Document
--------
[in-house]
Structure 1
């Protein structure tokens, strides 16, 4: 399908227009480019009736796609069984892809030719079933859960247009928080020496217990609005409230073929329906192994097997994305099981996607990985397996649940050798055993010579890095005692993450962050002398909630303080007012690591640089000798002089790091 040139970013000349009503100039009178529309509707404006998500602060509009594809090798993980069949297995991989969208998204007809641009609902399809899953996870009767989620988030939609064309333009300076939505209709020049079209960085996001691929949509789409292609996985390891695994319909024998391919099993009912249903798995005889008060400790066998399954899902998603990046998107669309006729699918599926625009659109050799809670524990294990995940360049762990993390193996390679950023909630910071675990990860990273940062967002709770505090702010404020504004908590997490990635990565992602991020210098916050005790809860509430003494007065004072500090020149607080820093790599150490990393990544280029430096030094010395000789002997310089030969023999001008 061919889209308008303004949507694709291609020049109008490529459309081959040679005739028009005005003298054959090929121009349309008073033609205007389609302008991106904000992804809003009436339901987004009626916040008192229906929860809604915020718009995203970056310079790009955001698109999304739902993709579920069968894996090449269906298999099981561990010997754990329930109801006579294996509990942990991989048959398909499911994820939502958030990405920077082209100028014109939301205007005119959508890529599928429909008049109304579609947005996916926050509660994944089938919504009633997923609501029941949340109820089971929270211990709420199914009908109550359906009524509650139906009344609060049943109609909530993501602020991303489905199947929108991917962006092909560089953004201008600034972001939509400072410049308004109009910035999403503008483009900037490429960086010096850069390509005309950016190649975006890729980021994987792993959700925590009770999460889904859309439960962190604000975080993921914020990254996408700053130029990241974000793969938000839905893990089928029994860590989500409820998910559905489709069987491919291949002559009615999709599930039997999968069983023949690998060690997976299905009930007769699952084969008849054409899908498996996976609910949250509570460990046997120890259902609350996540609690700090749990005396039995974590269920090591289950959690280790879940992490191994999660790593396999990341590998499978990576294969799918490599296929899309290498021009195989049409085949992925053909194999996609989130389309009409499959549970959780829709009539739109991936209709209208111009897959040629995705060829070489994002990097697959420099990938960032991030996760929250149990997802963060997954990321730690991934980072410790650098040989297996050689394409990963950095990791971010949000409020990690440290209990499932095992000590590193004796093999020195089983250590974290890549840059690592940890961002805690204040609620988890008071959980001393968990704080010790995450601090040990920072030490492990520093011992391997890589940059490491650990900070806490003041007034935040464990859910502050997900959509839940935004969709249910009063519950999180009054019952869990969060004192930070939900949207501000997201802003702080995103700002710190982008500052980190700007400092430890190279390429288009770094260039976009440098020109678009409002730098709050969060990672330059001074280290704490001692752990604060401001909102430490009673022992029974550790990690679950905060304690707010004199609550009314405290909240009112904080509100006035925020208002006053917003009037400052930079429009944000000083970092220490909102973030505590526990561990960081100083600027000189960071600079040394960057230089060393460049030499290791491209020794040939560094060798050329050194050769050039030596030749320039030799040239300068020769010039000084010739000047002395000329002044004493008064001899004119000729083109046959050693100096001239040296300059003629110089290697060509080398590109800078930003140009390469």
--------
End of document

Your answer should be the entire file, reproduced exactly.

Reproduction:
[in-house]
Structure 1
């Protein structure tokens, strides 16, 4: 399908227009480019009736796609069984892809030719079933859960247009928080020496217990609005409230073929329906192994097997994305099981996607990985397996649940050798055993010579890095005692993450962050002398909630303080007012690591640089000798002089790091 040139970013000349009503100039009178529309509707404006998500602060509009594809090798993980069949297995991989969208998204007809641009609902399809899953996870009767989620988030939609064309333009300076939505209709020049079209960085996001691929949509789409292609996985390891695994319909024998391919099993009912249903798995005889008060400790066998399954899902998603990046998107669309006729699918599926625009659109050799809670524990294990995940360049762990993390193996390679950023909630910071675990990860990273940062967002709770505090702010404020504004908590997490990635990565992602991020210098916050005790809860509430003494007065004072500090020149607080820093790599150490990393990544280029430096030094010395000789002997310089030969023999001008 061919889209308008303004949507694709291609020049109008490529459309081959040679005739028009005005003298054959090929121009349309008073033609205007389609302008991106904000992804809003009436339901987004009626916040008192229906929860809604915020718009995203970056310079790009955001698109999304739902993709579920069968894996090449269906298999099981561990010997754990329930109801006579294996509990942990991989048959398909499911994820939502958030990405920077082209100028014109939301205007005119959508890529599928429909008049109304579609947005996916926050509660994944089938919504009633997923609501029941949340109820089971929270211990709420199914009908109550359906009524509650139906009344609060049943109609909530993501602020991303489905199947929108991917962006092909560089953004201008600034972001939509400072410049308004109009910035999403503008483009900037490429960086010096850069390509005309950016190649975006890729980021994987792993959700925590009770999460889904859309439960962190604000975080993921914020990254996408700053130029990241974000793969938000839905893990089928029994860590989500409820998910559905489709069987491919291949002559009615999709599930039997999968069983023949690998060690997976299905009930007769699952084969008849054409899908498996996976609910949250509570460990046997120890259902609350996540609690700090749990005396039995974590269920090591289950959690280790879940992490191994999660790593396999990341590998499978990576294969799918490599296929899309290498021009195989049409085949992925053909194999996609989130389309009409499959549970959780829709009539739109991936209709209208111009897959040629995705060829070489994002990097697959420099990938960032991030996760929250149990997802963060997954990321730690991934980072410790650098040989297996050689394409990963950095990791971010949000409020990690440290209990499932095992000590590193004796093999020195089983250590974290890549840059690592940890961002805690204040609620988890008071959980001393968990704080010790995450601090040990920072030490492990520093011992391997890589940059490491650990900070806490003041007034935040464990859910502050997900959509839940935004969709249910009063519950999180009054019952869990969060004192930070939900949207501000997201802003702080995103700002710190982008500052980190700007400092430890190279390429288009770094260039976009440098020109678009409002730098709050969060990672330059001074280290704490001692752990604060401001909102430490009673022992029974550790990690679950905060304690707010004199609550009314405290909240009112904080509100006035925020208002006053917003009037400052930079429009944000000083970092220490909102973030505590526990561990960081100083600027000189960071600079040394960057230089060393460049030499290791491209020794040939560094060798050329050194050769050039030596030749320039030799040239300068020769010039000084010739000047002395000329002044004493008064001899004119000729083109046959050693100096001239040296300059003629110089290697060509080398590109800078930003140009390469």